Image Processing Reference
In-Depth Information
We showed how to apply neighborhood estimation on Bayer data and discussed how this
neighborhood can be used for denoising with SA-DCT hard thresholding. In the following we
evaluate our method and compare it to other state-of-the-art methods.
4 Experiments: Image quality vs system performance
We compare our method to the state-of-the-art denoising method, BM3D [ 5 ] , which was spe-
ciically adapted for raw data [ 6 ] , and the PCA-based method from Ref. [ 4 ] .
While we also tested our method on real camera data, we compare our method quantitat-
ively using simulated camera video sequences, as this provides us a realistic reference. This
test method was described in Ref. [ 2 ] and we use it for our data similarly: we rendered the
high-resolution image data and applied the camera simulation including the optical low-pass
of the camera optics. We obtain a simulated reference image and including the camera noise
added to the sensor data, we obtain realistic noisy images. These images are then denoised
and compared to the reference. We tested the method using two different debayering meth-
ods: the ARRI debayering method, which is implemented in the camera processing tool freely
available in the internet [ 14 ] , and a method called “demosaicing with directional filtering and
a posteriori decision” (DDFAPD) [ 15 ] .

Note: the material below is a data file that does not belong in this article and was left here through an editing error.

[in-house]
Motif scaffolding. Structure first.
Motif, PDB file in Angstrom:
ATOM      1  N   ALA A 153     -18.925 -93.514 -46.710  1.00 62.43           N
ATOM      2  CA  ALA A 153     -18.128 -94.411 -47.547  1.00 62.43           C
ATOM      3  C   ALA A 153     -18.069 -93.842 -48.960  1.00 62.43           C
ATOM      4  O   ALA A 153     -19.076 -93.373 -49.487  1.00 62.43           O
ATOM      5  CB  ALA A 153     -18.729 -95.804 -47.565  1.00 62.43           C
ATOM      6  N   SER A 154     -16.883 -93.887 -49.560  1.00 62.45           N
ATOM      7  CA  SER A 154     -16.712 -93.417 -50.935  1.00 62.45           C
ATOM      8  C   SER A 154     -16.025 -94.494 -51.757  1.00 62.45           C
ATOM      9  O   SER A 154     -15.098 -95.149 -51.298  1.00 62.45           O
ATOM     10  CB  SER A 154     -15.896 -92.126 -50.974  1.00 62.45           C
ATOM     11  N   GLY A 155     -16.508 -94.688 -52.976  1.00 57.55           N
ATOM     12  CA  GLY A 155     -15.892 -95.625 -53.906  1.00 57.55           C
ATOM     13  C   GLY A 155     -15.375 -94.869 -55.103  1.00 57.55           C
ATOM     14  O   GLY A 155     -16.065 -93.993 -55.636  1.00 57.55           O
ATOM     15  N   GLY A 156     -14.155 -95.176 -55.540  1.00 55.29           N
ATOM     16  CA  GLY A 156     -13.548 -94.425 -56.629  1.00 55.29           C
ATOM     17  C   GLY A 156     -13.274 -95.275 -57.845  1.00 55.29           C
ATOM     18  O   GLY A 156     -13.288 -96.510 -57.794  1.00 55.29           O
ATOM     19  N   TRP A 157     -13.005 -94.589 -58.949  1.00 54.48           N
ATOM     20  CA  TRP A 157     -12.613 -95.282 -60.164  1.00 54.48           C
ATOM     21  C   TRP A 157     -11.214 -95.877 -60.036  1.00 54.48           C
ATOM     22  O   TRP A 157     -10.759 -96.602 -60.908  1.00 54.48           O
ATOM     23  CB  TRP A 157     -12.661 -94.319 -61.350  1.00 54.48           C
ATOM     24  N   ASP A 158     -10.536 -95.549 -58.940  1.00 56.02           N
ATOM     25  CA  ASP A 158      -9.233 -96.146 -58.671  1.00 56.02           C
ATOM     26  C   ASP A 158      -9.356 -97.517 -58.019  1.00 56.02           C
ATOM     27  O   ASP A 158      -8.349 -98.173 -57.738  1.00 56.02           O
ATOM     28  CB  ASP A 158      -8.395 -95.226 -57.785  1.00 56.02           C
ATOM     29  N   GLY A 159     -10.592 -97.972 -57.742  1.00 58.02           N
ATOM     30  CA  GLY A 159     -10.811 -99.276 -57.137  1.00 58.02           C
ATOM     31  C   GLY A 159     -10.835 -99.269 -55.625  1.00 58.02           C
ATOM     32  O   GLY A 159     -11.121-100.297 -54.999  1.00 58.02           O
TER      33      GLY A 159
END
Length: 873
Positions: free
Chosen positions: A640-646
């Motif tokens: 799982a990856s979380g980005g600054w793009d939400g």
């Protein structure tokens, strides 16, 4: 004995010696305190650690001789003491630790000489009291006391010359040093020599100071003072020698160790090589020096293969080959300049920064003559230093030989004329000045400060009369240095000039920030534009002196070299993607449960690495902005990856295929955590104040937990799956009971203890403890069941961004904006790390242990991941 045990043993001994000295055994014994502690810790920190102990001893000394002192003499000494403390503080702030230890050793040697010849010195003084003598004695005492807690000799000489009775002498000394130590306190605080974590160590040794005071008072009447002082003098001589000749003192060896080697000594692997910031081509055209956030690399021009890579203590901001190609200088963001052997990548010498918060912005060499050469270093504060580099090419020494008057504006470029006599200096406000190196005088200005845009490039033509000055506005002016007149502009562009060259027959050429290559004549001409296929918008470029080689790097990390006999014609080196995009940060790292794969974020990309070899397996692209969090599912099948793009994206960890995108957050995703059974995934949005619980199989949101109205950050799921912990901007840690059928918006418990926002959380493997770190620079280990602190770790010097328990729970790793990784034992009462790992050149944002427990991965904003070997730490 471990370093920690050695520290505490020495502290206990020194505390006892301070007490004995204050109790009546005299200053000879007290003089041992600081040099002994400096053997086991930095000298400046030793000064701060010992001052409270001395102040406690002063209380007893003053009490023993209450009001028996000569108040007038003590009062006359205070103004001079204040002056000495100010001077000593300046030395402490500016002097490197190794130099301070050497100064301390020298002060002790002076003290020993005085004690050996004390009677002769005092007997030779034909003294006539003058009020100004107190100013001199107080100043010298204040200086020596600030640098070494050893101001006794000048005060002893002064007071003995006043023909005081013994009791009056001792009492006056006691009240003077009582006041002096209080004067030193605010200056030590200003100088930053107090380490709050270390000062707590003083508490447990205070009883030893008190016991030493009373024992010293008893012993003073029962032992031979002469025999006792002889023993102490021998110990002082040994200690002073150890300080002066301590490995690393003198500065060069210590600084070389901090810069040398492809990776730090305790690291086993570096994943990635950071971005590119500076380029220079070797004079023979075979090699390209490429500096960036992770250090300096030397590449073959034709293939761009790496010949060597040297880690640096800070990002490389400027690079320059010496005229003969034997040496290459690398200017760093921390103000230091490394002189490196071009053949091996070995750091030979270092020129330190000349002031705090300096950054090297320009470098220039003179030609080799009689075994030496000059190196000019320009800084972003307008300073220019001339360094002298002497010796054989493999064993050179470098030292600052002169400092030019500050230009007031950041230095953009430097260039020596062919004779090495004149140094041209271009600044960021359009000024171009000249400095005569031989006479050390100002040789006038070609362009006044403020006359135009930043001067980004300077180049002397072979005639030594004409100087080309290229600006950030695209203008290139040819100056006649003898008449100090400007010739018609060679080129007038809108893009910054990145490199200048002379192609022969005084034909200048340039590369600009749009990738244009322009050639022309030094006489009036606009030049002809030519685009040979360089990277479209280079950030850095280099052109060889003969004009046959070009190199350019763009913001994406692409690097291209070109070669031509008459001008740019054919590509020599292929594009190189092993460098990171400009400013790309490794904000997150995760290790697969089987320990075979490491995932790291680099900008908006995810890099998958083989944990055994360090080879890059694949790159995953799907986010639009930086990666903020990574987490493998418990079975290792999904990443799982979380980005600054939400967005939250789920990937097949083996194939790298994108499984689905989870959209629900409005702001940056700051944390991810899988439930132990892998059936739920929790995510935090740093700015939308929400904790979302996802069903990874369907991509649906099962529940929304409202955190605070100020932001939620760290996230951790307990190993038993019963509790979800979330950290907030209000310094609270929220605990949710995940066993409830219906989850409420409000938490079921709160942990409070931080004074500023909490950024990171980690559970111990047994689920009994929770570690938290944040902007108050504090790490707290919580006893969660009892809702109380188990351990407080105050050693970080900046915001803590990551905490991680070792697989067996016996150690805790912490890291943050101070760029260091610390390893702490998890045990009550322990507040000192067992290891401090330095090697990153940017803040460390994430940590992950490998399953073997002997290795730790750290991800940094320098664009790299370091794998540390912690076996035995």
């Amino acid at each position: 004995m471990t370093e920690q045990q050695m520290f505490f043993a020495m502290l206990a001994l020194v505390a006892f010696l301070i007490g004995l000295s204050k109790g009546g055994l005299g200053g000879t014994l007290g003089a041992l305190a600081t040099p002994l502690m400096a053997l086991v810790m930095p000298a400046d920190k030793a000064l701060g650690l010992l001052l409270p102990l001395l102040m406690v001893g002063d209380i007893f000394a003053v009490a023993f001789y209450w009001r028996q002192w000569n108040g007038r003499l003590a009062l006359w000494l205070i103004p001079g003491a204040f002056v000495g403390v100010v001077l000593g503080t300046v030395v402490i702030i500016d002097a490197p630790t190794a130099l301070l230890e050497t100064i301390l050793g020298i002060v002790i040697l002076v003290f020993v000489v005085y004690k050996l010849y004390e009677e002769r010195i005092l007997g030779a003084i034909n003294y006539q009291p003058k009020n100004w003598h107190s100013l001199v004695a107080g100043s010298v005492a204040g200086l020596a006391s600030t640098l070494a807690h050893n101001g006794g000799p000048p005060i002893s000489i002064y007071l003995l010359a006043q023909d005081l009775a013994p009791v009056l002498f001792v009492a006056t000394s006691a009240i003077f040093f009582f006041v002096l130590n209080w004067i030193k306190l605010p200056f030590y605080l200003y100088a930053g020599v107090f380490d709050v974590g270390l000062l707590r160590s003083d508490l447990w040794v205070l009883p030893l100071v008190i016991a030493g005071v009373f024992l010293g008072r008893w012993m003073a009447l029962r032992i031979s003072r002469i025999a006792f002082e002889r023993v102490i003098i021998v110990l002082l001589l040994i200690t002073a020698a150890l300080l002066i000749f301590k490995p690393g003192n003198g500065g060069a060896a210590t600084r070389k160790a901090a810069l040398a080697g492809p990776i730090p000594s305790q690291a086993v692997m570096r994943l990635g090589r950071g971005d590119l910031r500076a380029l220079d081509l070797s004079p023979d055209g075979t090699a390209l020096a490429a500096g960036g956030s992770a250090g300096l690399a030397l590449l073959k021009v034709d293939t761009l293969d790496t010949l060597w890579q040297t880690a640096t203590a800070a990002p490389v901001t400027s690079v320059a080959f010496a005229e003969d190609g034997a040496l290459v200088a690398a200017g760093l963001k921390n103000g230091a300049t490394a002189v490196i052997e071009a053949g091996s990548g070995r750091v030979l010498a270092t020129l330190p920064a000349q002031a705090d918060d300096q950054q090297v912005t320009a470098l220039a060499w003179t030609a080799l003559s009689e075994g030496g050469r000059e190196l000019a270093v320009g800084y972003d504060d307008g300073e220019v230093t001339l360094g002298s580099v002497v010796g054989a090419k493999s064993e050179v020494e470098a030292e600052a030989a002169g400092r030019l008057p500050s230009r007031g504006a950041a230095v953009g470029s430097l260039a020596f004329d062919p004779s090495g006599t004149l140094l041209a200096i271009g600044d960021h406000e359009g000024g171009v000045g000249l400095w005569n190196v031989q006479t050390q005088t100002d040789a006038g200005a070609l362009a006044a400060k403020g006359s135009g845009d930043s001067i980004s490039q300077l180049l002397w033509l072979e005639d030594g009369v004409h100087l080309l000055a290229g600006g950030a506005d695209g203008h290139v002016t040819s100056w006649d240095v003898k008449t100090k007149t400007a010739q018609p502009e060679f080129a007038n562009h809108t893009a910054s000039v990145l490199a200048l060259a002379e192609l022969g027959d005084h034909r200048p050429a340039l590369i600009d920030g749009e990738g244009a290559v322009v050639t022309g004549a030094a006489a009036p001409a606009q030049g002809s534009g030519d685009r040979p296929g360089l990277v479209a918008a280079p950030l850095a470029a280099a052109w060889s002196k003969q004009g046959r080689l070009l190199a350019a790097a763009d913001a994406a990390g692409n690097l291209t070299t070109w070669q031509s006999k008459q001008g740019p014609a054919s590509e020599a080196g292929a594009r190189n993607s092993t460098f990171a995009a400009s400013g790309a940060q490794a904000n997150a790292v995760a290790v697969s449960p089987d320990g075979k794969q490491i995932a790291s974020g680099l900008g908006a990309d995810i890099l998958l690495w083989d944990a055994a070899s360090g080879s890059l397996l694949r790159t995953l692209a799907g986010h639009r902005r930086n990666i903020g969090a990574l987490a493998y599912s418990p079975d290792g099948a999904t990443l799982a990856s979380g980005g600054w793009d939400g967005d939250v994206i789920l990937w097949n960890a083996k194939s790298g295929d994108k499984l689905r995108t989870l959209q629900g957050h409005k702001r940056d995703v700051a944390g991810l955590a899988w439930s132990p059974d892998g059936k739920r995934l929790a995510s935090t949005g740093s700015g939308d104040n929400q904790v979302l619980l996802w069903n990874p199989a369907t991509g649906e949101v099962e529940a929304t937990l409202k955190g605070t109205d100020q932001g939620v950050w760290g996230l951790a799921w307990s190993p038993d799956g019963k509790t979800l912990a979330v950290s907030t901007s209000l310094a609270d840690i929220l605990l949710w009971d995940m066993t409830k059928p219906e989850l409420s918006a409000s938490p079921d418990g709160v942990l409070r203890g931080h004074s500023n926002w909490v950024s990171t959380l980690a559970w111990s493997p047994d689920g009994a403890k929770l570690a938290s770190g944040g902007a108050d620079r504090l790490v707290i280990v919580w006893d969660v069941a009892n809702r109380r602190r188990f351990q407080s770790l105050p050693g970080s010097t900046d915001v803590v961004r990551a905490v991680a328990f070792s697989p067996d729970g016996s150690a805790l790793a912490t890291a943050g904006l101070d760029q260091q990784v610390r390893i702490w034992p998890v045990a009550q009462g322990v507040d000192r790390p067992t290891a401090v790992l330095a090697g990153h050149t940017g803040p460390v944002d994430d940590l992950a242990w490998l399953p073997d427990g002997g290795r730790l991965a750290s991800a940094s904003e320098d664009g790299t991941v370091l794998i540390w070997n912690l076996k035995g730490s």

We perform a test with different noise levels. In a digital camera the noise is signal-depend-
ent corresponding to the characteristic described in Section 2 . To obtain different noise levels,
we change the simulated brightness of the image and subsequently process the images with a
higher ASA level to obtain comparable results. This leads to a higher noise level, as the ASA
operates as a gain: The higher the ASA value, the higher the amplification and thus the lower
the signal-to-noise-ratio. Three different noise levels were simulated: ASA 800, which means a
low noise level, ASA1600, and ASA 3200, which corresponds to a quite high noise level.
4.1 Visual Quality of Denoising Results
We first compare the method quantitatively, thus we calculate quality metrics enabling us to
do so. We calculate the PSNR, as it is a very usual metric, and we use three additional ob-
jective quality metrics that according to Ref. [ 2 ] correlate beter with the human perception of
visual quality: a PSNR adapted to the human visual system (PSNR-HVS) [ 16 ] , the structural
similarity index (SSIM) [ 17 ] and the visual information fidelity (VIF) [ 18 ] . Tables 2 - 4 show the
results for 800 ASA, 1600 ASA and 3200 ASA respectively. While the Bayer SA-DCT reaches
the highest VIF for the 800 ASA sequences, for higher ASA values, thus higher noise levels, the
ClipFoi [ 6 ] method reaches the highest metric results, while SA-DCT and PCA [ 4 ] show ap-
proximately the same results. We conclude that our method achieves competitive results with
respect to usual quality metrics.
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